“In making luxury brand packaging more sustainable, one should first check to see whether it is possible to use recycled or biodegradable materials. If this is not possible, consider options for using sustainably produced materials.” says Castro.
“Many large brands are working on incorporating these and other sustainable materials and fitments into their product packaging, however in many instances, as long as fossil-based plastics and other substrates are cheaper than recycled or bio-based materials, they’ll primarily continue to choose the more cost-effective solution. Changing this dynamic is commercially difficult, but important too.”
Transportation and Shipping
It appears it will always be possible to make greener choices across the packaging supply chain. This includes shipping, storage, delivery and final product distribution. Streamlined and more efficient logistics and transportation solutions can significantly reduce waste and emission – ideal for brands that hope to shrink their carbon footprint.
However, whilst turning a traditional supply chain green doesn’t happen overnight, it all starts with analysing how to make more environmentally friendly choices at every step. It goes without saying that streamlined logistics practices can significantly minimise environmental harm and enhance a product’s overall sustainable credentials.
That could mean anything from packing trucks or shipping containers more efficiently to achieving optimal fuel efficiency during ground transportation. Lighter shipments of sustainable packaging not only reduce transportation costs, but also reduce the amount of fuel during transportation.
In some instances, one of the most impactful ways to reduce transportation emissions is to align with packaging suppliers who have factory partners situated closer to clients or at high points of demand.
A Lifecycle Mindset – a granular approach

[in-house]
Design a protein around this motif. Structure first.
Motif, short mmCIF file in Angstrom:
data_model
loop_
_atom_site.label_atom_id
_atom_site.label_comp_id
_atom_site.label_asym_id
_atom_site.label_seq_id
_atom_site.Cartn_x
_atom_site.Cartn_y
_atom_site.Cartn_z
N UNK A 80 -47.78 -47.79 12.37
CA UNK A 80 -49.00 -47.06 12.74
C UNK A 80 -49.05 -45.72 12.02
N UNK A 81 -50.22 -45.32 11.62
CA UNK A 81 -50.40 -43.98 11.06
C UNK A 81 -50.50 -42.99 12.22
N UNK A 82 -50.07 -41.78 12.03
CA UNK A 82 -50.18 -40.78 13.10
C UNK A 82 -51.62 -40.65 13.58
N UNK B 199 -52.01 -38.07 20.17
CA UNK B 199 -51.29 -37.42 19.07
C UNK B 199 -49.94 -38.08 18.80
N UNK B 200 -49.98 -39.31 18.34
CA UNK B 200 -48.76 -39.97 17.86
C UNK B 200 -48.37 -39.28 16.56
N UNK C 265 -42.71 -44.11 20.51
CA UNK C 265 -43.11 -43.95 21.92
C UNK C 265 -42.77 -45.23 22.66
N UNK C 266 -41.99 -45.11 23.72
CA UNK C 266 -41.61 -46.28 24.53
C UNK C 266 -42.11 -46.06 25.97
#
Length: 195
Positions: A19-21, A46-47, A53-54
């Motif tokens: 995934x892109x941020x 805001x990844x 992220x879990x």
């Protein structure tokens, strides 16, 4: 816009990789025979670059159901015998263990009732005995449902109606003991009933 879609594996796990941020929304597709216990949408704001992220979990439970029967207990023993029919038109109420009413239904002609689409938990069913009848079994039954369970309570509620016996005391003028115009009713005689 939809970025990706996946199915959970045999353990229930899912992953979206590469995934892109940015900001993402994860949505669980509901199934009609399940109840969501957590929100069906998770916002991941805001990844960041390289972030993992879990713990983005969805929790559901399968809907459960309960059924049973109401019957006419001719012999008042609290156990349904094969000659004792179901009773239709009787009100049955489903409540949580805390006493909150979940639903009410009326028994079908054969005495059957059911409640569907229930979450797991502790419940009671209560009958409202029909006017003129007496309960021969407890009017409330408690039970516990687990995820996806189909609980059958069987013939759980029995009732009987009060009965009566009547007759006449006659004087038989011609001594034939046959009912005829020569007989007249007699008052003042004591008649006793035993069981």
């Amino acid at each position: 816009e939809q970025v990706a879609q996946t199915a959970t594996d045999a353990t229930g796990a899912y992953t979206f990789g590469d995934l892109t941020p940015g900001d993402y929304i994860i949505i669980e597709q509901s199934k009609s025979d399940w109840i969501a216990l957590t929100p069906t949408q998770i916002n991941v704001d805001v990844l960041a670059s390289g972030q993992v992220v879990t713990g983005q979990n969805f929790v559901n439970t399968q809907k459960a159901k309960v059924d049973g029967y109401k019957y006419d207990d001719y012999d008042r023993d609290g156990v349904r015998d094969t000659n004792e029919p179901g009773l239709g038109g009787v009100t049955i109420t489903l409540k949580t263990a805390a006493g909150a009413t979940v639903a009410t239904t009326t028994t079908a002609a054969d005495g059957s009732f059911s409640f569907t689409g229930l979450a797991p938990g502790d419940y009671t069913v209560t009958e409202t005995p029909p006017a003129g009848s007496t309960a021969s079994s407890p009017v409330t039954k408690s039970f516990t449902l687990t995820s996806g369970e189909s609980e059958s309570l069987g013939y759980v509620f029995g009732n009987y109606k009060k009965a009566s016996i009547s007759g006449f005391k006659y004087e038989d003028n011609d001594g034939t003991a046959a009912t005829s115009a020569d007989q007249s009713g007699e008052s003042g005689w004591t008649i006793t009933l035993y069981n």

Simply put, every activity a packaging supplier performs bears a social, economic, and environmental impact. However, often these impacts are not unearthed until the complete lifecycle of a particular packaging solution is examined.
“This involves looking at the bigger picture – analysing manufacturing processed vs. materials, designing with a sustainable mindset and looking to optimise supply chain logistics. Ultimately, what happens at the end of the packaging’s life, is so crucial to understand,” states Castro.
“Brands must understand, at a granular level, how their consumers buy and use the products in their given category and how consumers dispose of the packaging,” he says. “These insights can serve as a starting point for an analysis of which kinds of sustainable packaging fit a given value chain and the range of improvement levers available.”
Whilst global packaging suppliers continually test and trial sustainable material alternatives, we’re still a big step away from a world completely free of packaging waste. Perhaps because many brands are too intent on considering a part of the problem (materials) and not the whole (incl. systems and processes).
There are also solutions in the area of packaging today that function in good, streamlined processes and systems and therefore demonstrate truly sustainable properties. This is an exciting and ongoing process, one that is likely to continue indefinitely as brands and suppliers work together to reinvent and simplify sustainable packaging approaches that combine material testing and trialing machine learning, materials and solid client-supplier and supplier-manufacturer partnerships to scale sustainable change across the packaging supply chain.
IPL Packaging is a global luxury packaging supplier with offices in the USA, Europe, Mexico, Asia and Africa. Approved manufacturing is available in several Asian countries, as well as sites in Eastern Europe. We create bespoke, tailored and exclusive packaging for any premium or luxury brand and lead the entire process, from conceptualisation and design to production and delivery.
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LB Odendaal | IPL Head of Design | Connect on LinkedIn
Mark Castro | IPL Head of NPD USA | Connect on LinkedIn
Kirsten Hill | IPL Content & Insights | Connect on LinkedIn